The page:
Wednesday, October 25, 2006

The Road

I read the The Road by Cormac McCarthy just recently and I was stunned by how beautiful it was, despite the fact that it's about a blasted America in the midst of nuclear winter. His writing has always had the apocalyptic element and he has finally served up the Apocalypse directly. I wonder what else he has in mind, because I can't help feeling that this is the novel toward which all of his previous fiction has been headed. It even ends with a sliver of hope. It seems like a farewell, a very stark benediction, though I hope that's not the case. It's a novel you keep thinking about. I loaned it to friends and look forward to talking to them about it too.

And speaking of the road, we've been traveling recently. In Birmingham, we saw Eric Clapton last weekend. He was great, but he seemed more the elder statesman generously pushing forward two youngsters in his band, both very fine guitarists. Why does everyone seem to be performing their farewells these days? Perhaps it's a sign of the times. Having been bombarded with the combined idiocy of election ads for weeks now, it does sometimes seem like the End of the World is upon us. It's as if all the stupidest and lamest people in the country were suddenly interested in governing. Oh, dear, I just broke my own rule in only writing about "what makes the world a better place," which would explain the long gaps between posts.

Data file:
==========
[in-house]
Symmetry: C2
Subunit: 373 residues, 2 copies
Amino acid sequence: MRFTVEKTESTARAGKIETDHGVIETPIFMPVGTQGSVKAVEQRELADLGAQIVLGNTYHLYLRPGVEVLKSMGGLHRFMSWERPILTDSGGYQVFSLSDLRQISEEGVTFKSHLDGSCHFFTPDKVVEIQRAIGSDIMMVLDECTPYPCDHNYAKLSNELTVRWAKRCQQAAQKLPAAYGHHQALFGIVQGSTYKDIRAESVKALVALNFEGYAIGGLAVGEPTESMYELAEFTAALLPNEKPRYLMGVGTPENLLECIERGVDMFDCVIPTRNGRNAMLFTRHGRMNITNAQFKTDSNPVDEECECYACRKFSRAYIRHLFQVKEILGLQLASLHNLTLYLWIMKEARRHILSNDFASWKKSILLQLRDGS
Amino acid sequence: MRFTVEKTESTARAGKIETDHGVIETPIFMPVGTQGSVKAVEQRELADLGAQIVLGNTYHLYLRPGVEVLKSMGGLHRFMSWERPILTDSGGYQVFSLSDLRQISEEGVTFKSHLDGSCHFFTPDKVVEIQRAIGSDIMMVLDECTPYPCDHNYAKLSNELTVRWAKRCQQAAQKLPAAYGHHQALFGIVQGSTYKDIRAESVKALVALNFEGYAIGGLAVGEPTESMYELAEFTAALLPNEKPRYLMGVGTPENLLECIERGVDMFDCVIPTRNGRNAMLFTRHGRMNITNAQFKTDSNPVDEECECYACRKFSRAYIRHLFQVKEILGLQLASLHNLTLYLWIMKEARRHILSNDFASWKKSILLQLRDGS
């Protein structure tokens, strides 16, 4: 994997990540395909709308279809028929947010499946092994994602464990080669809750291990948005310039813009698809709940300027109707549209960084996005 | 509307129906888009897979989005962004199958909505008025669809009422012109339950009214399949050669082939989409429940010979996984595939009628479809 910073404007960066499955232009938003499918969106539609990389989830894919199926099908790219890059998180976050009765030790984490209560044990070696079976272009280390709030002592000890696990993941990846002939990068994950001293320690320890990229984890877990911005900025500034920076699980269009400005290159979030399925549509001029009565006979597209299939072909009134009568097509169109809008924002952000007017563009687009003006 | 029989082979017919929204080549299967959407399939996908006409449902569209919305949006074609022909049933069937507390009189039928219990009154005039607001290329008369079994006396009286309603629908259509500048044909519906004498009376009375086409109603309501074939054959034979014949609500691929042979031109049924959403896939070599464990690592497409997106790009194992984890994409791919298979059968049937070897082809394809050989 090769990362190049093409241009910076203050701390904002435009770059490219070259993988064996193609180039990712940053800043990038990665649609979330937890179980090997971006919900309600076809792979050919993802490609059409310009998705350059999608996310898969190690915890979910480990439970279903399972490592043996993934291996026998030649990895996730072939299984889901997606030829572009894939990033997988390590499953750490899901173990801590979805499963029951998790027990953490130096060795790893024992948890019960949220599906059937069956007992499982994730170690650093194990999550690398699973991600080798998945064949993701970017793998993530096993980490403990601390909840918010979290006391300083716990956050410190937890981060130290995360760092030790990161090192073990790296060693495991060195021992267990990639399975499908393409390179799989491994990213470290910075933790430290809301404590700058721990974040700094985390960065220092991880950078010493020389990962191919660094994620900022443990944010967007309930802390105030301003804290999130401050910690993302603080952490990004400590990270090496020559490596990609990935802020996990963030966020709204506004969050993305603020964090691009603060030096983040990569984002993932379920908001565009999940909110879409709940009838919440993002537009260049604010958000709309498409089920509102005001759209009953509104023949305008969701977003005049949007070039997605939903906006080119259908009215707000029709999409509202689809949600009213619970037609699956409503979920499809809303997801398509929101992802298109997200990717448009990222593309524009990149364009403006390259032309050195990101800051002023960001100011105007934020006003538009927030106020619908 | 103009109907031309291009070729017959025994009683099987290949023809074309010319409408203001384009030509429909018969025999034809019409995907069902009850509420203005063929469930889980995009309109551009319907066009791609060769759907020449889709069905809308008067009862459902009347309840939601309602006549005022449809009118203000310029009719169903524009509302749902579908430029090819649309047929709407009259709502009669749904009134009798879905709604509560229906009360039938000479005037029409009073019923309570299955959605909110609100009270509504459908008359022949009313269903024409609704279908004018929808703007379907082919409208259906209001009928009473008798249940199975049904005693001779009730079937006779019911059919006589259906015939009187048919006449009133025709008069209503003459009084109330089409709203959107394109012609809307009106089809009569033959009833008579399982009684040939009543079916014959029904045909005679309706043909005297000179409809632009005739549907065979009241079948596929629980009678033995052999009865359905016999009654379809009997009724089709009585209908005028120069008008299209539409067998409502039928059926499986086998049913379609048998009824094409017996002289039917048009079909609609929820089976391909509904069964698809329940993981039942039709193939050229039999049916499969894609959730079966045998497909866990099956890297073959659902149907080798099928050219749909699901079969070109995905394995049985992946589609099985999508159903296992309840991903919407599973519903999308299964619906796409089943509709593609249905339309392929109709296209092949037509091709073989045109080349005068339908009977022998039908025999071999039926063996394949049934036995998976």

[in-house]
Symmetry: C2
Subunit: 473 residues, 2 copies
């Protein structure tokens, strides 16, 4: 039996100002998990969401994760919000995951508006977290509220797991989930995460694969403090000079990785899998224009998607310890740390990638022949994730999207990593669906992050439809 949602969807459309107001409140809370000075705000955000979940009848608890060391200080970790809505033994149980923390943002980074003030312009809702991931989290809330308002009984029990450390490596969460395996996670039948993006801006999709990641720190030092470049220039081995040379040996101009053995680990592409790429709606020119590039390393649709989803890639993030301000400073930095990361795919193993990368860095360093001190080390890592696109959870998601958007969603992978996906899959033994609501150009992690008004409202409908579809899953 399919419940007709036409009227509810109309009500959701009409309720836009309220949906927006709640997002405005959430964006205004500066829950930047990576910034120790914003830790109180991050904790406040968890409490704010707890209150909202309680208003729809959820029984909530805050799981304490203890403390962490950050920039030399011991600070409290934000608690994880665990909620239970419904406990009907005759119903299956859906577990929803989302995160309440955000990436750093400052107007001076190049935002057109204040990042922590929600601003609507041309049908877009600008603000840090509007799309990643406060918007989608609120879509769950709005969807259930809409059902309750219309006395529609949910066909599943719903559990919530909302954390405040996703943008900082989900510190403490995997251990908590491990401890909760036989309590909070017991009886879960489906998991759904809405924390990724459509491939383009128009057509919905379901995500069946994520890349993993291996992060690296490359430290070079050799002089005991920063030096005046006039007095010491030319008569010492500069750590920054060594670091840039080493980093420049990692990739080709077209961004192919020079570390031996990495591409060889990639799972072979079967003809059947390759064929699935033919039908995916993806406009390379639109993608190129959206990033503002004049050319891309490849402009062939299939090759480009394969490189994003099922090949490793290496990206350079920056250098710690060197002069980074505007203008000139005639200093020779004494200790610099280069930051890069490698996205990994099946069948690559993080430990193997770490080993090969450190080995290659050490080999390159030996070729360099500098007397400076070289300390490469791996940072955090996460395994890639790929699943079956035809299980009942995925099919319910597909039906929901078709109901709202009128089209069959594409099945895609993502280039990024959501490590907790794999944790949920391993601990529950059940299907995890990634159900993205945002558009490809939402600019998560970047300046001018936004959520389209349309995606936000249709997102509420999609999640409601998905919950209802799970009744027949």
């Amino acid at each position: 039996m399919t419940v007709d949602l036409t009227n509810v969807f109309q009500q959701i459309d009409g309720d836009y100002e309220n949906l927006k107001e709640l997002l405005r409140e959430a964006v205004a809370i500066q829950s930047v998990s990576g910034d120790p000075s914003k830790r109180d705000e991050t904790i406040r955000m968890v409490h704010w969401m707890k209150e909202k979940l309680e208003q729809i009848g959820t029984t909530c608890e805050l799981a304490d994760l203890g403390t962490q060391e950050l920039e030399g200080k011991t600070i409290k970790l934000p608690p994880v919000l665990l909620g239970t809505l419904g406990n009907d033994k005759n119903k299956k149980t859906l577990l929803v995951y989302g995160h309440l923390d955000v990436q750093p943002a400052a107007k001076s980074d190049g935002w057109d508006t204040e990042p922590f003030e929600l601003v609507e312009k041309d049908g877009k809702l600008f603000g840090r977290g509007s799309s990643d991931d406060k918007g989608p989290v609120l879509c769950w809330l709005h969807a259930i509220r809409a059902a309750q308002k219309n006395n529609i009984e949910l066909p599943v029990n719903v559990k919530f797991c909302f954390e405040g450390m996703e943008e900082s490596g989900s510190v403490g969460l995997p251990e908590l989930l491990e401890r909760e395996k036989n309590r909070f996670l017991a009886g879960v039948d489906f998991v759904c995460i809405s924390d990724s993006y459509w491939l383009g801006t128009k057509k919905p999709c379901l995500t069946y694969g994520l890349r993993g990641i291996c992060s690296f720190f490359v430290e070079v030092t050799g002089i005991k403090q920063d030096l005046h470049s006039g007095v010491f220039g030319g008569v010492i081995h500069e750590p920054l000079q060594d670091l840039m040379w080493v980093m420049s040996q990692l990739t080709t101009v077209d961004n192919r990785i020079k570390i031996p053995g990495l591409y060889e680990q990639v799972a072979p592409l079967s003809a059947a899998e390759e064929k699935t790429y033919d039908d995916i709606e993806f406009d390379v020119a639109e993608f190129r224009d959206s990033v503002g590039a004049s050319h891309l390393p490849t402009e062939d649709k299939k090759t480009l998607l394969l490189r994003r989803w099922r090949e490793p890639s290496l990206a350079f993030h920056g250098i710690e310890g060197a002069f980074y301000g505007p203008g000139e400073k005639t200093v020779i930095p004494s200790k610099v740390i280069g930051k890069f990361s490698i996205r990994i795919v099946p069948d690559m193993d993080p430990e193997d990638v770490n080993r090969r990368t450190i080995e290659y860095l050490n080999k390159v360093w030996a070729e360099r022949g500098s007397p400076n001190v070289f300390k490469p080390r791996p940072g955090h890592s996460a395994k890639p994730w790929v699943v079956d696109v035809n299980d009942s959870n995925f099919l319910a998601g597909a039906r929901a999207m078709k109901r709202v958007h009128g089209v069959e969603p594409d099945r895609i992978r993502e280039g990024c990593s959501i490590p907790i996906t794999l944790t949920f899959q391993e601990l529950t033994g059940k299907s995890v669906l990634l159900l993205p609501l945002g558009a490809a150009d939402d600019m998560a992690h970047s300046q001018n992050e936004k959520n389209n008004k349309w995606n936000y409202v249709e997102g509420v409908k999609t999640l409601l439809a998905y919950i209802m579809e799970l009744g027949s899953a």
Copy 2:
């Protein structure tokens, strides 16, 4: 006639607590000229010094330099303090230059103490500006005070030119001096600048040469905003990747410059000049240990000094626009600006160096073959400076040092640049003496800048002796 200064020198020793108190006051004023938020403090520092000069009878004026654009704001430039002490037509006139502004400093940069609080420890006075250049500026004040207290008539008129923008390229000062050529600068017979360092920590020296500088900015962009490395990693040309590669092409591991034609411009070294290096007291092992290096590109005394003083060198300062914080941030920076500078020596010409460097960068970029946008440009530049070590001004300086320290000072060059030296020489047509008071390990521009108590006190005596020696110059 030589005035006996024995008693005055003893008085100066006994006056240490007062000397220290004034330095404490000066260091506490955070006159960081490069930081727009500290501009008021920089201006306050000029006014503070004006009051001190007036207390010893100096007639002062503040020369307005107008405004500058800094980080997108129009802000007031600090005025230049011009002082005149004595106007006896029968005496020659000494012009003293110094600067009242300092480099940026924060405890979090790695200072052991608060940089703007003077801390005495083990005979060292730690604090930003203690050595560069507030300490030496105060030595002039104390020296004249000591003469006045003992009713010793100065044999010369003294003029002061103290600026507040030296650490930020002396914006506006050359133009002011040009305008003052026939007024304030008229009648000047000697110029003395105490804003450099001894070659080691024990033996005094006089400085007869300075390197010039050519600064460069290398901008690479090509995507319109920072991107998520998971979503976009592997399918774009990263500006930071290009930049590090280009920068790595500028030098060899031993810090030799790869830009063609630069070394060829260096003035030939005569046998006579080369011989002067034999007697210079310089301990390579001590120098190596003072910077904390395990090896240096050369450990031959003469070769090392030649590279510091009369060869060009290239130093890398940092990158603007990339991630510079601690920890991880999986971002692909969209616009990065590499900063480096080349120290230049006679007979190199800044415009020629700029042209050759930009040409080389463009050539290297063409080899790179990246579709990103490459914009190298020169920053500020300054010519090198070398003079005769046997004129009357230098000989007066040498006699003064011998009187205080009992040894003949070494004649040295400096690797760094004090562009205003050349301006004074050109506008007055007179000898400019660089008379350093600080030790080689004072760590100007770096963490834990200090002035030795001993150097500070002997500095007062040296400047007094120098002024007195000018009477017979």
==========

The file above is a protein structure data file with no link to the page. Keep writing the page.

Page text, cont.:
Moving right along...I'm currently reading my first novel by Kazuo Ishiguro, When We Were Orphans. I'm about half way in and realizing my narrator is very unreliable, which is always fun. It also has an old-fashioned Wilkie Collins thing going on.

Last, but not least, hubby and I have front row seats for Barenaked Ladies in Columbus. We're very excited, and I'm also looking forward to checking out the wine/food scene there since we're going up for the weekend. The new BNL has a nice, easy vibe to it. It doesn't seem as thematic as some of the other albums, particularly Maroon, in which all the songs seem to hang together like a collection of short stories. But because of the way it's been released, I don't think it is intended to be otherwise. I particularly like "Home" and "Peterborough and the Kawarthas," which is lovely. "Wind It Up" is the best song no one is playing on the radio. Oh, well. Radio is so ten-minutes-ago.